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Gregory J. Liebau




Location: Dinuba, CA
Joined: 27 Nov 2004

Posts: 669

PostPosted: Tue 15 Dec, 2015 8:21 am    Post subject: Del Tins for WMA/Live Steel Combat?         Reply with quote

Hello folks,

I may have an opportunity to participate in some WMA classes in upcoming months with a group of dedicated students, some of whom are friends and reenactors as well. Without the need to get into other brands, would anyone with experience using Del Tin swords in live combat settings be interested in sharing their thoughts? Is the quality up to par, are the swords serviceable, etc? There are a number of potential candidates in the Del Tin line that I would pick up if this proves to be the case, and am eager to know if they can withstand the rigors of use.

Cheers!

-Gregory
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Jeffrey Faulk




Location: Georgia
Joined: 01 Jan 2011

Posts: 578

PostPosted: Tue 15 Dec, 2015 10:16 am    Post subject:         Reply with quote

I believe that is a 'no'.

Del Tin edges, while not sharp, are still too narrow for safe use in WMA. You could cut pumpkins and milk jugs with them without sharpening them if your form is good.

I would strongly recommend looking up some of the Hanwei Tinker blunt swords, or other manufacturers' swords created specifically for WMA. Their edges are thicker and blunter, and therefore much safer.
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Roger Hooper




Location: Northern California
Joined: 18 Aug 2003
Likes: 1 page

Spotlight topics: 4
Posts: 3,958

PostPosted: Tue 15 Dec, 2015 3:02 pm    Post subject:         Reply with quote

People in Europe do use them, but as mentioned above, the blades are unsharp, not blunt. they would nick up pretty extensively. Del Tin hilts used to be a little unreliable - the wood in the grips was suspect and would sometimes split. Abion used to have a service where they would rehilt Del Tins with their own stabalized birch grips. I don't know if Del Tin ever addressed this problem.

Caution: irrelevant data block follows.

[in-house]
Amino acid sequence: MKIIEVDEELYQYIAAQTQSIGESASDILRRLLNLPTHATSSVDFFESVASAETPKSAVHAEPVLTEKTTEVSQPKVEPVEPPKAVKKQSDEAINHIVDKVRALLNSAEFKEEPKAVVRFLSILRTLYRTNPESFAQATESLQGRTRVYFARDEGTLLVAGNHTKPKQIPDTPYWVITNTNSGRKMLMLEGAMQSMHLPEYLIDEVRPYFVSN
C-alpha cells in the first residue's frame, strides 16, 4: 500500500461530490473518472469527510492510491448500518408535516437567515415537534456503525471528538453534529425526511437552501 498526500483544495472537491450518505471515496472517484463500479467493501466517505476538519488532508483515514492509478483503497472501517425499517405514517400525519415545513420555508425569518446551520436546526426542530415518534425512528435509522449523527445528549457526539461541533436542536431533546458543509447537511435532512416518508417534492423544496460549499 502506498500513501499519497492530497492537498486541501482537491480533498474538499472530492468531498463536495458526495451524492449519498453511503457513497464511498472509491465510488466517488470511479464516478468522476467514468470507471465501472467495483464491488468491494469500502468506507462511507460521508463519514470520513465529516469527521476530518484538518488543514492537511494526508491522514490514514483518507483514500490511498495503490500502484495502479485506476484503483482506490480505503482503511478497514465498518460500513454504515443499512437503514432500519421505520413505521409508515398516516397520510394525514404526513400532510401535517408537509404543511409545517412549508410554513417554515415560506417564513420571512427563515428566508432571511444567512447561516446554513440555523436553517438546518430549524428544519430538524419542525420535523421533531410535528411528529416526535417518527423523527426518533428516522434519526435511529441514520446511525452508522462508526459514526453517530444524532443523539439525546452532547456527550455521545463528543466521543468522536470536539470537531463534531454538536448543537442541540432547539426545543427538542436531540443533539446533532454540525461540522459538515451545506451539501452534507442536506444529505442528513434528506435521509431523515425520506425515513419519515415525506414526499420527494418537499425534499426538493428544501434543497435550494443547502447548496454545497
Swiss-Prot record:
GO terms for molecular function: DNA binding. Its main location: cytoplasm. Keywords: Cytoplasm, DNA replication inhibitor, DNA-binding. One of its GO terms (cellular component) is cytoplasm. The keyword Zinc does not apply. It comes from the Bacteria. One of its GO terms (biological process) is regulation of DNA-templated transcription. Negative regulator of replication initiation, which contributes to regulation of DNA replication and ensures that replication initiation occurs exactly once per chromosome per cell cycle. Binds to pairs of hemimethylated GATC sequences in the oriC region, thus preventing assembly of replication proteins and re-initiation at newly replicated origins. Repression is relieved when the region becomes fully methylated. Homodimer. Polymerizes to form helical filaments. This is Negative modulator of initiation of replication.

(I know you don't want to hear about other brands , but get an Albion Maestro)
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T. Kew




Location: Cambridge, UK
Joined: 21 Apr 2012

Posts: 174

PostPosted: Wed 16 Dec, 2015 12:14 am    Post subject:         Reply with quote

The basic answer is to consult your group. Different groups have different approaches to safety, and I've crossed swords with clubs that use Del Tins. Nearly lost an eye, mind you, but that was because they also didn't wear masks.

Having said that, I wouldn't choose to use one, and would never recommend someone in my group picked one up as a training weapon. Personally, I think they're hopelessly unsafe without extensive modification.

Your best options are federschwerts - various people make quite good ones (don't get the Hanwei), and they're designed to be reasonably accurate to a real sword and much safer.

However, ask the group. If they're a bit daft, then a Del Tin might make a good option.

Instructor and scholar, Cambridge HEMA
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Gregory J. Liebau




Location: Dinuba, CA
Joined: 27 Nov 2004

Posts: 669

PostPosted: Wed 16 Dec, 2015 9:40 am    Post subject:         Reply with quote

Thanks for the responses guys! I'll put that option out of mind for the time being. I'll look into some of the other respectable makers forthwith. Cheers!

-Gregory
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Roger Hooper




Location: Northern California
Joined: 18 Aug 2003
Likes: 1 page

Spotlight topics: 4
Posts: 3,958

PostPosted: Wed 16 Dec, 2015 10:26 am    Post subject:         Reply with quote

If you want to go with a feder, --

Regenyeis are very popular - https://www.facebook.com/HEMASupplies Facebook page

Also the ones that A&A makes - http://www.arms-n-armor.com/training.html
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Olov Tidemalm





Joined: 11 Jul 2008

Posts: 53

PostPosted: Wed 16 Dec, 2015 12:48 pm    Post subject:         Reply with quote

Ensifer makes nice feders as well.
https://ensifer.carbonmade.com
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